Online note-taking service Evernote has reset passwords for millions of its users after detecting a malicious attack.
In a note to its user base, the company said it has found no evidence that any of the content users store in Evernote was accessed or lost, and that no payment information for Evernote Premium or Evernote Business customers was compromised.
“The investigation has shown, however, that the individual(s) responsible were able to gain access to Evernote user information, which includes usernames, email addresses associated with Evernote accounts and encrypted passwords,” according to the company’s security team. “Even though this information was accessed, the passwords stored by Evernote are protected by one-way encryption. (In technical terms, they are hashed and salted.)”
“Once you have reset your password on evernote.com, you will need to enter this new password in other Evernote apps that you use,” according to the company. “We are also releasing updates to several of our apps to make the password change process easier, so please check for updates over the next several hours.”
The attack on Evernote follows reports of recent attacks on Twitter and Facebook. There was no indication from Evernote as to whether the attack on the company was in any way connected to the other attacks.
“As recent events with other large services have demonstrated, this type of activity is becoming more common,” the company blogged, advising users not to use simple passwords based on dictionary words or reuse the same password on multiple sites.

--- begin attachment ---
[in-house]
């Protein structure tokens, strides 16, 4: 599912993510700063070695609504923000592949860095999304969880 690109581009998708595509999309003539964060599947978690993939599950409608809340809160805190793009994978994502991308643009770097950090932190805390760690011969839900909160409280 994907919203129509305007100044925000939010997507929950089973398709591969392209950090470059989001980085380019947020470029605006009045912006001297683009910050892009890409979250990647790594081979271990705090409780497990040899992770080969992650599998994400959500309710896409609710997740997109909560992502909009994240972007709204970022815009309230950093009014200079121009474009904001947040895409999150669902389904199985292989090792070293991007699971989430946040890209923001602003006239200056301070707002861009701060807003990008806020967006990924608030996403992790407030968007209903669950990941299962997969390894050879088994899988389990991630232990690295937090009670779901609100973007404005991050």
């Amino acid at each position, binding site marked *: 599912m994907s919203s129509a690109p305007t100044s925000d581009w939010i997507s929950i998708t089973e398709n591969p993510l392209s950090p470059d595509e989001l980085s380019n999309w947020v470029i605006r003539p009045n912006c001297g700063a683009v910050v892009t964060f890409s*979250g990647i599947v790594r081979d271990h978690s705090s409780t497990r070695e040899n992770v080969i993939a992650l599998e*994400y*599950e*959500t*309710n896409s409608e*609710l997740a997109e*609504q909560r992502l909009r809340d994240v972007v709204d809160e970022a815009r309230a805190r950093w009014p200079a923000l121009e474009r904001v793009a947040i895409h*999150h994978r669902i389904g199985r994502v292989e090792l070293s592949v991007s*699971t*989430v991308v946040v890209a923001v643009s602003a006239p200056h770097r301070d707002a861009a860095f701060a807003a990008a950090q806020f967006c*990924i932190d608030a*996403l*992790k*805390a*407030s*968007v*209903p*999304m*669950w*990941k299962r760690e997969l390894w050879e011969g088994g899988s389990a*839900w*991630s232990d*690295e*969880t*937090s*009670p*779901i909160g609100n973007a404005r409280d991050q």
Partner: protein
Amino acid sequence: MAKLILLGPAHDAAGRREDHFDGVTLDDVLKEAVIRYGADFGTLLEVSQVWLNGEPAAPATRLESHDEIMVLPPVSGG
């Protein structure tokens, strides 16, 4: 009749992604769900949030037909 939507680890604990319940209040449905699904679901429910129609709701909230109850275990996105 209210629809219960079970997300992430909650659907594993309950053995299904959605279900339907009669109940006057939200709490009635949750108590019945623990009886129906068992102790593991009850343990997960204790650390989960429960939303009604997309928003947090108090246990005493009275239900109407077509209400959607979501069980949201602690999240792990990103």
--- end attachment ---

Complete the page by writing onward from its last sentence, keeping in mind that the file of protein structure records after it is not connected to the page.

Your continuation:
The company also warned users not to click on ‘reset password’ requests in emails – and then included a link for users to click on in their own reset request. In addition, what might give recipients pause is that the links do not go directly to evernote.com, but instead link to a site called mkt5371, blogged Graham Cluley, senior technology consultant at Sophos.
“Now, before you panic that someone is attempting to phish your Evernote credentials with a craftily-designed email, just relax,” he blogged. “This was just carelessness on Evernote’s part. mkt5371 is a domain owned by Silverpop, an email communications firm who Evernote has clearly employed to send emails to its 50 million or so affected users.”
“The fundamental problem here is not that Evernote was breached, but rather the broader ramifications for the Internet as a whole,” Brendon Wilson, Director, Product Management, Nok Nok Labs told SecurityWeek.
“How many users re-use that same password at other services?” Wilson questioned. “While Evernote detected their breach, the same may not be true if extracted passwords are used to breach other, less robust services. Many focus on the need for Evernote to add two-factor authentication – while a step in the right direction, it’s not really enough. Strong authentication needs to be default if we’re to avoid these problems and strengthen the Internet as a whole.”
Evernote apologized to users for the situation.